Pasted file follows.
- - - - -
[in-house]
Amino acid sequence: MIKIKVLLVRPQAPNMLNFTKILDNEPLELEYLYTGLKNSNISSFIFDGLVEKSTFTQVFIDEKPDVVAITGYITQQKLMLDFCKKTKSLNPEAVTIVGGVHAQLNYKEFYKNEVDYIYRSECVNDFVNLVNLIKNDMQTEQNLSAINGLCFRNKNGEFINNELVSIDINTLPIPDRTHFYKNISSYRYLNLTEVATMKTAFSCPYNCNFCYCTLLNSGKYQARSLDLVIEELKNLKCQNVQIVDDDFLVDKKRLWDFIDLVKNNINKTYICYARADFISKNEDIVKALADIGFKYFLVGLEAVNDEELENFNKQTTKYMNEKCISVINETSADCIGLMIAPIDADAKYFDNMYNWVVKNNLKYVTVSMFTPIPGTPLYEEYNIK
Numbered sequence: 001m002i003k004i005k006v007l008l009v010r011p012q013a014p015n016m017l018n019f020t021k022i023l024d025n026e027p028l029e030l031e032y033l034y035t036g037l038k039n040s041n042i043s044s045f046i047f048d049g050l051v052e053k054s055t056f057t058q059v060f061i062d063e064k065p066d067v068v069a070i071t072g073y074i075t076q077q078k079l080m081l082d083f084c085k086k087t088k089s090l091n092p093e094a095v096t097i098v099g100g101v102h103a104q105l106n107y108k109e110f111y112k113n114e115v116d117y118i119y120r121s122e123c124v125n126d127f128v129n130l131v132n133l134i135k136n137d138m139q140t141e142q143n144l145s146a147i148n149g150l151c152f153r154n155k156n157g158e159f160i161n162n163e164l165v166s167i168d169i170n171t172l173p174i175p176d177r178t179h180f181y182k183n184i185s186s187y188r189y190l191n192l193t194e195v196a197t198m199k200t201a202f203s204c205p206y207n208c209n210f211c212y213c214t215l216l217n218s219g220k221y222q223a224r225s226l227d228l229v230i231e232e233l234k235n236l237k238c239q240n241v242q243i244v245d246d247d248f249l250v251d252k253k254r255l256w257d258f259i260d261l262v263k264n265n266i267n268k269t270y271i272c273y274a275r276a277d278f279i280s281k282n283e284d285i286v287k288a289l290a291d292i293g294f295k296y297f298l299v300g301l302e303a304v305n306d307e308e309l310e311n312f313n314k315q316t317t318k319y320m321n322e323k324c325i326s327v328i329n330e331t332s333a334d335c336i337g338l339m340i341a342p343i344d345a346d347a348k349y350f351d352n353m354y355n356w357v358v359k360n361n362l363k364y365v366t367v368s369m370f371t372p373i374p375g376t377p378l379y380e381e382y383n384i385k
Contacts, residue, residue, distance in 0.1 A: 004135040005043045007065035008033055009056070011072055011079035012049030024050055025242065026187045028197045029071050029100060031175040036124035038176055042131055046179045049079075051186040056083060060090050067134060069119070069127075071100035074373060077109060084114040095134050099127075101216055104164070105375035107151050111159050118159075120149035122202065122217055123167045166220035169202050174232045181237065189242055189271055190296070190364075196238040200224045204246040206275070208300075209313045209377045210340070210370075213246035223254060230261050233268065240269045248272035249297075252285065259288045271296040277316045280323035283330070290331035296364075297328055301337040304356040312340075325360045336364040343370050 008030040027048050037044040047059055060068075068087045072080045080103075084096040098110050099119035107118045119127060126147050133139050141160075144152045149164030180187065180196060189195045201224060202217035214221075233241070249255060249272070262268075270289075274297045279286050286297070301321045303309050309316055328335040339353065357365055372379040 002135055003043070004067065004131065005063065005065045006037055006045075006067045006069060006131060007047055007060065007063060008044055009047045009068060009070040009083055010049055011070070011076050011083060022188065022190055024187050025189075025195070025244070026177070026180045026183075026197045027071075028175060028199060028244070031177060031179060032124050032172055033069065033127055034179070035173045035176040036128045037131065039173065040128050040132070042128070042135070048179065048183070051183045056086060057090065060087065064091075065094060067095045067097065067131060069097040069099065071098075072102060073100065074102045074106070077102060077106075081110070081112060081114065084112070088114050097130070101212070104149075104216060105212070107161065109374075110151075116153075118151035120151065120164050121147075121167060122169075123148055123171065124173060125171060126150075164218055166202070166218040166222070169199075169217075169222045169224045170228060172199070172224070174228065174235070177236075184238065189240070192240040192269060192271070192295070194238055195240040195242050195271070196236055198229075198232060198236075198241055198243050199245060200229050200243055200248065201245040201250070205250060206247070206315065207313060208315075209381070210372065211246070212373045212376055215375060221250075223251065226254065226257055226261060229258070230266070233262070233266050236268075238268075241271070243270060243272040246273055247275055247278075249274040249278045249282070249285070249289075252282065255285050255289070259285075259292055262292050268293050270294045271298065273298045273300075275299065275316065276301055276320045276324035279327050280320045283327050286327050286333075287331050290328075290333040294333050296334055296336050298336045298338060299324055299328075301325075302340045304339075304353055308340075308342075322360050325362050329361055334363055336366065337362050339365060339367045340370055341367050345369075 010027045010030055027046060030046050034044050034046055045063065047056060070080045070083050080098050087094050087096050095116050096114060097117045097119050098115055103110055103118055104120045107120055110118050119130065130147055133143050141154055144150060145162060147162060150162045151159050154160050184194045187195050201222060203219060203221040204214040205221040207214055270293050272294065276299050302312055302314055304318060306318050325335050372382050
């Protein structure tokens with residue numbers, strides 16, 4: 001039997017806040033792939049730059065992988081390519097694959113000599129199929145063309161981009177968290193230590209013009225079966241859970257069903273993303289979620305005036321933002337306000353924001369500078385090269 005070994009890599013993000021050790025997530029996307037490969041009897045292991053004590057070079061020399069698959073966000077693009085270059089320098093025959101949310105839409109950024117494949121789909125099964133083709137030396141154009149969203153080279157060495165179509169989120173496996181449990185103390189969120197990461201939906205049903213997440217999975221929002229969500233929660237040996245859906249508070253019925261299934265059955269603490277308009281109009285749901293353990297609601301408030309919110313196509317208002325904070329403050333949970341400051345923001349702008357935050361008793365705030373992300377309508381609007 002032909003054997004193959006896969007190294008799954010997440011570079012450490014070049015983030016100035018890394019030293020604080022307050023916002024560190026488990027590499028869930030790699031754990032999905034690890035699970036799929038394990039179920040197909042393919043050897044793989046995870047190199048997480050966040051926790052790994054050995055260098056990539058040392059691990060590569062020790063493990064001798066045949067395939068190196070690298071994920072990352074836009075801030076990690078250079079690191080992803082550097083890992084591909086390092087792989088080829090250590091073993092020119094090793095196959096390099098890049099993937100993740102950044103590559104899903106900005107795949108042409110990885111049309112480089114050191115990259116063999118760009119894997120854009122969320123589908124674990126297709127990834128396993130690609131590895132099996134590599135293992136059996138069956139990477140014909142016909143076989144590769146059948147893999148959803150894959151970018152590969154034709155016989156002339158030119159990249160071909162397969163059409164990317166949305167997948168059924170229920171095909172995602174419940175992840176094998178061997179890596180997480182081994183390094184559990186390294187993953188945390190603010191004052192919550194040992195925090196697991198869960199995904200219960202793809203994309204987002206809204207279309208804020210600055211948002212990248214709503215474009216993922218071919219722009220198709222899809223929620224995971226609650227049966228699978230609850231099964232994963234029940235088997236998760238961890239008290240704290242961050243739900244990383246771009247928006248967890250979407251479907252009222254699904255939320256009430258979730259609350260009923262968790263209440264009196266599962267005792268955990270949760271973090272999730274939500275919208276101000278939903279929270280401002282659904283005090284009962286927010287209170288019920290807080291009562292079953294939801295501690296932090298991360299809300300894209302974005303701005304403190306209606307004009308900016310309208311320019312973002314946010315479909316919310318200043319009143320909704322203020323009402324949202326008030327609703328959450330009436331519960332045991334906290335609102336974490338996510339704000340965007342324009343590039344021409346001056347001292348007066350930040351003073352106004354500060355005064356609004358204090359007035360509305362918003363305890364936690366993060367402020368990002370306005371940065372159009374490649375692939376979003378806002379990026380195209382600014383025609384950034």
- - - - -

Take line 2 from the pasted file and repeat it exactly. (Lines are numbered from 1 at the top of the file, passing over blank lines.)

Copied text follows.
Amino acid sequence: MIKIKVLLVRPQAPNMLNFTKILDNEPLELEYLYTGLKNSNISSFIFDGLVEKSTFTQVFIDEKPDVVAITGYITQQKLMLDFCKKTKSLNPEAVTIVGGVHAQLNYKEFYKNEVDYIYRSECVNDFVNLVNLIKNDMQTEQNLSAINGLCFRNKNGEFINNELVSIDINTLPIPDRTHFYKNISSYRYLNLTEVATMKTAFSCPYNCNFCYCTLLNSGKYQARSLDLVIEELKNLKCQNVQIVDDDFLVDKKRLWDFIDLVKNNINKTYICYARADFISKNEDIVKALADIGFKYFLVGLEAVNDEELENFNKQTTKYMNEKCISVINETSADCIGLMIAPIDADAKYFDNMYNWVVKNNLKYVTVSMFTPIPGTPLYEEYNIK